Making sense of a world that impacts us all

Below is a short piece by experienced trade union educator and activist Mel Corry on Trademarks political education for trade union activists and staff. For more info on Trademark check out http://www.trademarkbelfast.com/featured-news/trade-union-education-news 

“The popular element “feels” but does not always know or understand; the intellectual element “knows” but does not always understand and in particular does not always feel.” Antonio Gramsci 

This quote from Gramsci encapsulates why we at Trademark have been developing more political content for Trade Union education over the last number of years.

As long ago as 2012 we looked at the various education products that were available to workplace reps as soon as they were elected. Some unions had very comprehensive programmes ranging from shop stewards, introduction and advanced stages as well as health and safety stages 1&2. They may also have had the odd equality class built in or a course on pensions. Some unions did not provide any training at all but rather directed their reps towards ICTU programmes.

The common theme that emerged was that in general unions were very good at providing adequate training which gave the rep the skills to be able to carry out the function of the workplace rep but neglected any analysis of the system. It did not deal with fundamental political questions that challenge the balance of power between capital and labour or ask why do we need unions? What is the balance of forces in the Industrial relations arena? Who really benefits from my labour? Why should I pay tax? Crucially it did not seek to develop the organic intellectuals that exist among our membership that enable them to understand, feel and engage in struggle.

We set about providing a course that assumed the participants had enough support to develop their skills but would benefit from an examination of the world around them.  Our earliest attempts were crude and disjointed but we knew we had hit on something by the feedback.  We organised weekend schools in our offices with no paid release from work or union expenses and they were always oversubscribed. This fact alone was enough for us to refine the content and delivery and offer it to unions.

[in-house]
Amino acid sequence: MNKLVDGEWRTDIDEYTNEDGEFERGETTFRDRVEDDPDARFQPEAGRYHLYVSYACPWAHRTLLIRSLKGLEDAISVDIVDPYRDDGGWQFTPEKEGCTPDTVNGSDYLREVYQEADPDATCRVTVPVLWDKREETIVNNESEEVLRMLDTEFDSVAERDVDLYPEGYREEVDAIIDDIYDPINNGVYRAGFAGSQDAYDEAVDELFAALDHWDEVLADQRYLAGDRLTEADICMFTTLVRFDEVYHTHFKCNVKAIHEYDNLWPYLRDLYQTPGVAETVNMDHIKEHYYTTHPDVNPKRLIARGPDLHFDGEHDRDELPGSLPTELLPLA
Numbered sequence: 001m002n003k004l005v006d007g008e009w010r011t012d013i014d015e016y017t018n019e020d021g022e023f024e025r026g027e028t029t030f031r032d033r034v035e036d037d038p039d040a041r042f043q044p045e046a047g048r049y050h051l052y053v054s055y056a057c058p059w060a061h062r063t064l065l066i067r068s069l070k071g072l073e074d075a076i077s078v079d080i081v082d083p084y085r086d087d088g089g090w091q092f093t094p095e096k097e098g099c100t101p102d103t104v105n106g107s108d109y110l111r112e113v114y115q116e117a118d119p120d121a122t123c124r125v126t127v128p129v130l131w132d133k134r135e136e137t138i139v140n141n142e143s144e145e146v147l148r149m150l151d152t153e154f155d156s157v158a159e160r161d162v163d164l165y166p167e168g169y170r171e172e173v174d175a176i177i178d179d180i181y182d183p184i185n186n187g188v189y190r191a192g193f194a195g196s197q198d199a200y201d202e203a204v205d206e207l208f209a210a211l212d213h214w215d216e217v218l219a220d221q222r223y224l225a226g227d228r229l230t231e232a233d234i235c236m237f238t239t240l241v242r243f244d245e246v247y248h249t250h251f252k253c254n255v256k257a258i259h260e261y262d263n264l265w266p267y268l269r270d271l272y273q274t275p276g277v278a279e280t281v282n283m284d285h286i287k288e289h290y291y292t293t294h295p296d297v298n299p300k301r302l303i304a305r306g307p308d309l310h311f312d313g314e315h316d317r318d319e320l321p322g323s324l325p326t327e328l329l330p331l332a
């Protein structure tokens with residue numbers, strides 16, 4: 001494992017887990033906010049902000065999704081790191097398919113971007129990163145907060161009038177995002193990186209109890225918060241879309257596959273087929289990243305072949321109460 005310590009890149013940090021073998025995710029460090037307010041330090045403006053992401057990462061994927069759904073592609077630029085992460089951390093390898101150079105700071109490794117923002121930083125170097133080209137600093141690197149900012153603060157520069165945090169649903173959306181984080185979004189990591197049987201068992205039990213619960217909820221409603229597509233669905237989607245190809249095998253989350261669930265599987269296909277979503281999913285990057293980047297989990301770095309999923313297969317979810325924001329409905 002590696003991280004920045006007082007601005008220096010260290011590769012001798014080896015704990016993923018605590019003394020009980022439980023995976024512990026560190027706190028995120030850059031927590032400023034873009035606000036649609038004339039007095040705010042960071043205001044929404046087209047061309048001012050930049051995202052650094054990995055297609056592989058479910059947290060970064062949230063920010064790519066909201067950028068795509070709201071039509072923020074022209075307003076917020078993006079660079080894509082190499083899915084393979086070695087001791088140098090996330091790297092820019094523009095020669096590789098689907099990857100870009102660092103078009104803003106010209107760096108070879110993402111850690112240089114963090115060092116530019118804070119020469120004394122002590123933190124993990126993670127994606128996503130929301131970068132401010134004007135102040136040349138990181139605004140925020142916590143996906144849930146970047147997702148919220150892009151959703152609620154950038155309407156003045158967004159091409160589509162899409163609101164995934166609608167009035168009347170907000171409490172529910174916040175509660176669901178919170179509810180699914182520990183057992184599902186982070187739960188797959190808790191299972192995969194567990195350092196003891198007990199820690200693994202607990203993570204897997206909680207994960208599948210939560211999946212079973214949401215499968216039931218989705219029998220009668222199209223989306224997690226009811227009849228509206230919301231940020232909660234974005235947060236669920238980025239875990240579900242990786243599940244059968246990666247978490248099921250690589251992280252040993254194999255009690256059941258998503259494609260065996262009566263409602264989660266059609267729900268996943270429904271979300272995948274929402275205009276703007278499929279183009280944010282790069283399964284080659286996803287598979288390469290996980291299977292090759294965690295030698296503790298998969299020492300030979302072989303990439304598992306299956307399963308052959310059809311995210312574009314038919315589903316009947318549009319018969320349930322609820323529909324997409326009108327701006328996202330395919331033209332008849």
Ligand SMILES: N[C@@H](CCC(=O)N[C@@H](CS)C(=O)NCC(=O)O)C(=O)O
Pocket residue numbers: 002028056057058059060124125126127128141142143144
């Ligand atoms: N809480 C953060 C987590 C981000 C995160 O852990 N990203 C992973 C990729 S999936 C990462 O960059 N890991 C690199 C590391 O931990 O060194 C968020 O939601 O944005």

We were lucky to work with Mandate and NIPSA, the public sector union in the North, both unions were at the sharp end of defending members’ terms and conditions and still are.  We believe that if reps are to convince workers of the need to take industrial action then the union should ensure they have the ability to answer the complex questions that will be asked from the membership.

As Unite members we were delighted to play a role in developing this model for community activists as part of the Right2Change campaign and the appetite for political education is as strong among  community activists as it is among trade unionists.

Every group of participants has given us reason to update and refine the course content and along with rapidly changing political circumstances the course today is very different from the first one we delivered.

Many commentators have remarked that the changing political landscape could not have been predicted. Many of those who attended our political education courses have been exposed to the possibility that Trump could become the next president of the USA or that Britain would vote to leave the EU or that the British Labour Party would rediscover its social democratic values and shift to the left. They are also dispelled of the myth that there is no alternative.

We don’t see it as our job to point to an alternative but rather give the workers hope that another type of world is possible indeed essential for our continued existence as a species.

It is our task now to argue for politics to run through all our education processes. We should be asking why is healthy and safety important as well as how do I argue for safety.  Reps should be able to argue with the economic information they’ve been given by the employer during collective bargaining scenarios. As Stevie Nolan has remarked when you cut through trade union education it should be like slicing through Blackpool rock, politics runs right through it.

Modesty dictates that I enclose only a couple of the many positive reviews of our training, check out the rest for yourselves.

Mel Corry.

Great training this weekend thank you it was accessible engaging and interesting. It made sense of a world that impacts on all of us and that we should understand and challenge. I’ve already been sharing points from the course with my neighbour the night I got back and will continue to do what I can for social justice.

An outstanding training, essential for any person who cares about our world, our history, past and present and our future. I was engrossed from the minute it began right to the very end. Thought provoking and emotive. Well done for delivering so well such an insightful couple of days. Thank you!

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